Visalia approves low-barrier homeless shelter over last-minute objections

Visalia City Council unanimously approved $5 million for the city’s first low-barrier homeless shelter on Monday despite objections from a national housing developer. 

The shelter is set to be built near Riverway Sports Park on the northern edge of the city, which will help the over 500 homeless individuals in Visalia. 

With the 100-bed shelter scheduled to open in January 2023, several local social services providers will oversee operations and maintenance. 

One of the key partners is Community Services Employment Training (CSET), which has been working in Tulare County to combat poverty since its founding in 1976. 

The group of nonprofits will contribute $7.9 million in funding, bringing the project’s total budget to $12.9 million. 

People who will utilize the shelter will be allowed to stay for three to six months while the city and social services groups help them transition into permanent housing.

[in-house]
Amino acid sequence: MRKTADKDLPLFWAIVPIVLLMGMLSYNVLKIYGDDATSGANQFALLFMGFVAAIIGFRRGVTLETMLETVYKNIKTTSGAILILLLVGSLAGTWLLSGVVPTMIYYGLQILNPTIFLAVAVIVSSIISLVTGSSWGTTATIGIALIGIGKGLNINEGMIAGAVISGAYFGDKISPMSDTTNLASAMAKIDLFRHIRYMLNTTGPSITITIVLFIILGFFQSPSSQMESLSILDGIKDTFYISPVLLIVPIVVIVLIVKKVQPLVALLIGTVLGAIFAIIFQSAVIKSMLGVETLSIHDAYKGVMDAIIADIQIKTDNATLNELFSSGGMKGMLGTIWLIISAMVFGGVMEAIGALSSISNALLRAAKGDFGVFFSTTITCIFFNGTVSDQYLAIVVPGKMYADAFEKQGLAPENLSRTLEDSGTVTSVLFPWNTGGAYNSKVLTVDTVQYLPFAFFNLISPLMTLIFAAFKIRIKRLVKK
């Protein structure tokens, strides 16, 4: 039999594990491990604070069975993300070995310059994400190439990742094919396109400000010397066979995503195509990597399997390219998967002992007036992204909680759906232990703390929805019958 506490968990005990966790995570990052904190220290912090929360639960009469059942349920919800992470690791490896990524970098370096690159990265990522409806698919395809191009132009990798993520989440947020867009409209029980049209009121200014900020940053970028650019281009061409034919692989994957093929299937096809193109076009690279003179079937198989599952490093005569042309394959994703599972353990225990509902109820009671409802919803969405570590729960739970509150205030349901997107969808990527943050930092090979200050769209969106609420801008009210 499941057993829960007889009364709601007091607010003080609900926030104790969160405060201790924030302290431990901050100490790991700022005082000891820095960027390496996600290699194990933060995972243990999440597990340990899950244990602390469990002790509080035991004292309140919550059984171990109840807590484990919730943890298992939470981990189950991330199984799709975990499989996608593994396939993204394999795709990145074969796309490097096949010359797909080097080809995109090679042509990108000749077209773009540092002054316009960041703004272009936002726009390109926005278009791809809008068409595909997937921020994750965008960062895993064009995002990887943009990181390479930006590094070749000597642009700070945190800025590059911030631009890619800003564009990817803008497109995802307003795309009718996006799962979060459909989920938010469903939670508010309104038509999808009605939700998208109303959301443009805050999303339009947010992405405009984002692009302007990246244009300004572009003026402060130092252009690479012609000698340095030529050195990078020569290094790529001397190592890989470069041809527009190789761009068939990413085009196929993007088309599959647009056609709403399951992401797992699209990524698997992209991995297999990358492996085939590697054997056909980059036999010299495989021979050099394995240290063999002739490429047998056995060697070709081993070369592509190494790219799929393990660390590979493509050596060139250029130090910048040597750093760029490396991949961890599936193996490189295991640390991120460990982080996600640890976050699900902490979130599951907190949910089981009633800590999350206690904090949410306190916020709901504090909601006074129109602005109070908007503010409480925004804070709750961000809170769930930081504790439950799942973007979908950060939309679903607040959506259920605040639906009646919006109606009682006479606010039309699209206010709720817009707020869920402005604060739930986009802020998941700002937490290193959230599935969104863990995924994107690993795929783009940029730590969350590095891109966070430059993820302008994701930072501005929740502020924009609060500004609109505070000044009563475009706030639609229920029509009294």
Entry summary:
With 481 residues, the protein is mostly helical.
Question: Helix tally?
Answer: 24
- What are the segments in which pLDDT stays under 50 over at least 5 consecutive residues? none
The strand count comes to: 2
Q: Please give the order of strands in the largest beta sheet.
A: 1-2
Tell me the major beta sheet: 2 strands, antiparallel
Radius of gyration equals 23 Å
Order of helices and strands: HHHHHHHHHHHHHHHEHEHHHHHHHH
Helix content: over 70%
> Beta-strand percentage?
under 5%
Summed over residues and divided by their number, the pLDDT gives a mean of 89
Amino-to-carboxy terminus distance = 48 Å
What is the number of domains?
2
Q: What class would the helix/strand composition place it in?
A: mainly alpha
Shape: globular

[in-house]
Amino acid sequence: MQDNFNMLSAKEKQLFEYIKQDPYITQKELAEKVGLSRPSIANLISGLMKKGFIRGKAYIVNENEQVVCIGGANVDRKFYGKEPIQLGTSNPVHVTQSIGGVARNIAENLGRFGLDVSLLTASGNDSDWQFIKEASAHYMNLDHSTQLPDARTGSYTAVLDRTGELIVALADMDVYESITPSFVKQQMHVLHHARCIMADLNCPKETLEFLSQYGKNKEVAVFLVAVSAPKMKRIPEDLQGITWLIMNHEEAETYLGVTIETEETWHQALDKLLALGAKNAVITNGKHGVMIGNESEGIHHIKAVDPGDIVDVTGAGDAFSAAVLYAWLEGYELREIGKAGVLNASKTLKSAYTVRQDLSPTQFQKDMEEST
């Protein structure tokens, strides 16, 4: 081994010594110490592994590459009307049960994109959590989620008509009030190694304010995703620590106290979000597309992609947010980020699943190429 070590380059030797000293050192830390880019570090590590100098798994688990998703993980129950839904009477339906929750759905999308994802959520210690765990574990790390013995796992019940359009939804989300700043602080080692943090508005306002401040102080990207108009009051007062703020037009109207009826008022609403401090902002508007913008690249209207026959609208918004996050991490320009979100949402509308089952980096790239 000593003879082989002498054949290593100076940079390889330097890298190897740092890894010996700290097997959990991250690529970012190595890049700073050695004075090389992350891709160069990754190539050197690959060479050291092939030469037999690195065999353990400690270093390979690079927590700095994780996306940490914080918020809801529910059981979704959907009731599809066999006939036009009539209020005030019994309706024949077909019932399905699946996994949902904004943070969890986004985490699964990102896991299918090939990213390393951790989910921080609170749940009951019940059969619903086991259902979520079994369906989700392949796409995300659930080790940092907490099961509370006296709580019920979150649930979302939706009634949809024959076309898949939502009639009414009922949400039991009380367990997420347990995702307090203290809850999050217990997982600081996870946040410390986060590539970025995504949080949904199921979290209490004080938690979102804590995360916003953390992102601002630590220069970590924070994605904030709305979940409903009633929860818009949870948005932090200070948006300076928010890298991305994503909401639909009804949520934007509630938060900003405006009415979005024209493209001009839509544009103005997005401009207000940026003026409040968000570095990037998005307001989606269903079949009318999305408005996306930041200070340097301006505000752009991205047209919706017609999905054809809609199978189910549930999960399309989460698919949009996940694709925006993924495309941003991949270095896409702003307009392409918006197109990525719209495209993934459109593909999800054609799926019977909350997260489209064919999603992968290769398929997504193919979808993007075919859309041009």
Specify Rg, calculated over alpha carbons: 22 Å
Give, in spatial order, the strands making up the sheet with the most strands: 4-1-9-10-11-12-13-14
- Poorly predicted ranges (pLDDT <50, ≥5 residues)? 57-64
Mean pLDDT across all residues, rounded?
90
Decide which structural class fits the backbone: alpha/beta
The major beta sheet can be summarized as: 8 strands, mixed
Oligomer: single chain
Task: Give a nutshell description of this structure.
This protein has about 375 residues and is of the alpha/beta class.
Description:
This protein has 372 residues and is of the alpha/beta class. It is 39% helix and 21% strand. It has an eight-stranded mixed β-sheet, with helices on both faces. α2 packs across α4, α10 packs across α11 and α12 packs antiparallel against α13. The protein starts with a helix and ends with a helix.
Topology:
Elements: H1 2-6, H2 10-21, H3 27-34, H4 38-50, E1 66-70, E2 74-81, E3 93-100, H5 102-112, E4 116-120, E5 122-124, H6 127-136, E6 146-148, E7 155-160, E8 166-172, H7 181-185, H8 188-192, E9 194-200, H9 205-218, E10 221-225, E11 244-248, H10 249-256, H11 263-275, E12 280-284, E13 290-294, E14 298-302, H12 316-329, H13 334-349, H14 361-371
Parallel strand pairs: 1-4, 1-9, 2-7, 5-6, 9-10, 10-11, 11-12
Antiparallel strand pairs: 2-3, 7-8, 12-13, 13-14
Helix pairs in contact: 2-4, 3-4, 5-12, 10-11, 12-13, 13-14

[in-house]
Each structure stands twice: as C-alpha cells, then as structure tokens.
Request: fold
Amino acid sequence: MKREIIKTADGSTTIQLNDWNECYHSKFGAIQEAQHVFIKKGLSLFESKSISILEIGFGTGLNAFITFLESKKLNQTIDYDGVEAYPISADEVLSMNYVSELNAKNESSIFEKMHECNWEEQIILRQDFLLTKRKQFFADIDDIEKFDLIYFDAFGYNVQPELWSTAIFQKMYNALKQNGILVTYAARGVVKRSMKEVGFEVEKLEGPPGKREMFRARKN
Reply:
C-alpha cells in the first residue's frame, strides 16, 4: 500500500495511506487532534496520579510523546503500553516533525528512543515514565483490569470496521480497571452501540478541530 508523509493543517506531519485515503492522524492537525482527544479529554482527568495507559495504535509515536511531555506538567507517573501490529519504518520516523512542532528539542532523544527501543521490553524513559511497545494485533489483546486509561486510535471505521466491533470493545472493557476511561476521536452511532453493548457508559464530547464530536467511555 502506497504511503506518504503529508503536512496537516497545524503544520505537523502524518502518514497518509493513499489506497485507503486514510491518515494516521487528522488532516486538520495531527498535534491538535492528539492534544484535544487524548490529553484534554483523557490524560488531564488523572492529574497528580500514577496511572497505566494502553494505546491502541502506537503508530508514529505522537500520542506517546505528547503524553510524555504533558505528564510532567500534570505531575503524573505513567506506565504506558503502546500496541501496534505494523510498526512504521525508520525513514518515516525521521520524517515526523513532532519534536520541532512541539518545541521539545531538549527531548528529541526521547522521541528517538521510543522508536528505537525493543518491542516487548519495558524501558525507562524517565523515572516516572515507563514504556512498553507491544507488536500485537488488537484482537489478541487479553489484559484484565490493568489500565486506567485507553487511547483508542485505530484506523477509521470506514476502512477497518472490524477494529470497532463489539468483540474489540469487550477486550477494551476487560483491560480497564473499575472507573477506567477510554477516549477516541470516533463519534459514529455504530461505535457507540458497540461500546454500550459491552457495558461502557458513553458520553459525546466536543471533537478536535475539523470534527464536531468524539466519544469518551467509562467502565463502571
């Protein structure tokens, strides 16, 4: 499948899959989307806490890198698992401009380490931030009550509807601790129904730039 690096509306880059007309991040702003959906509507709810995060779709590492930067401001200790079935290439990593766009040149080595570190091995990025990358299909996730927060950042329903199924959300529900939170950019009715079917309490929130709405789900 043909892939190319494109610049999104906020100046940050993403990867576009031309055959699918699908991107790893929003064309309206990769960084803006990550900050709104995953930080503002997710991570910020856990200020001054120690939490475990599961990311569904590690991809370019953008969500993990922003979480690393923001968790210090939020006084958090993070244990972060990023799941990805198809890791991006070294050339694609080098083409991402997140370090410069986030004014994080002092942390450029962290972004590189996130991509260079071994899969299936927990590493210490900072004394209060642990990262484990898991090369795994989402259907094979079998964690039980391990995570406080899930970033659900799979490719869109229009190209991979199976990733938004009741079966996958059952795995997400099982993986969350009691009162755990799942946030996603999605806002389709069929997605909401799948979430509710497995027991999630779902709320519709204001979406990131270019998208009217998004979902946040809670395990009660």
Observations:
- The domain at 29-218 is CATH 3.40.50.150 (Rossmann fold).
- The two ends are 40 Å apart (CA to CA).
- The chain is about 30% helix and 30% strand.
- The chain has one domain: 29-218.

The homeless shelter is structured after 40 Prado, a shelter-human services program enacted in San Luis Obispo County.

National developer Lennar Corporation took issue with the location of the shelter, which will be built next to a housing subdivision that is currently under construction. 

“Just because it’s a free site doesn’t mean it’s the right site,” local Lennar spokesman Matt Backowski told the council. “It’s unfair to neighboring homeowners, to those preparing to move in, and even to this council if we don’t bring the community in to be able to be heard and give feedback.” 

In response, the council noted that many homeless people are already living along the St. John’s River. 

“The city needs something like this because right now there’s a homeless problem on the river. By putting this [shelter] here, we can get people out of the river and into a secure location,” said Councilman Brian Poochigian. “That benefits the neighbors in this community.”

Staff reports from The San Joaquin Valley Sun staff.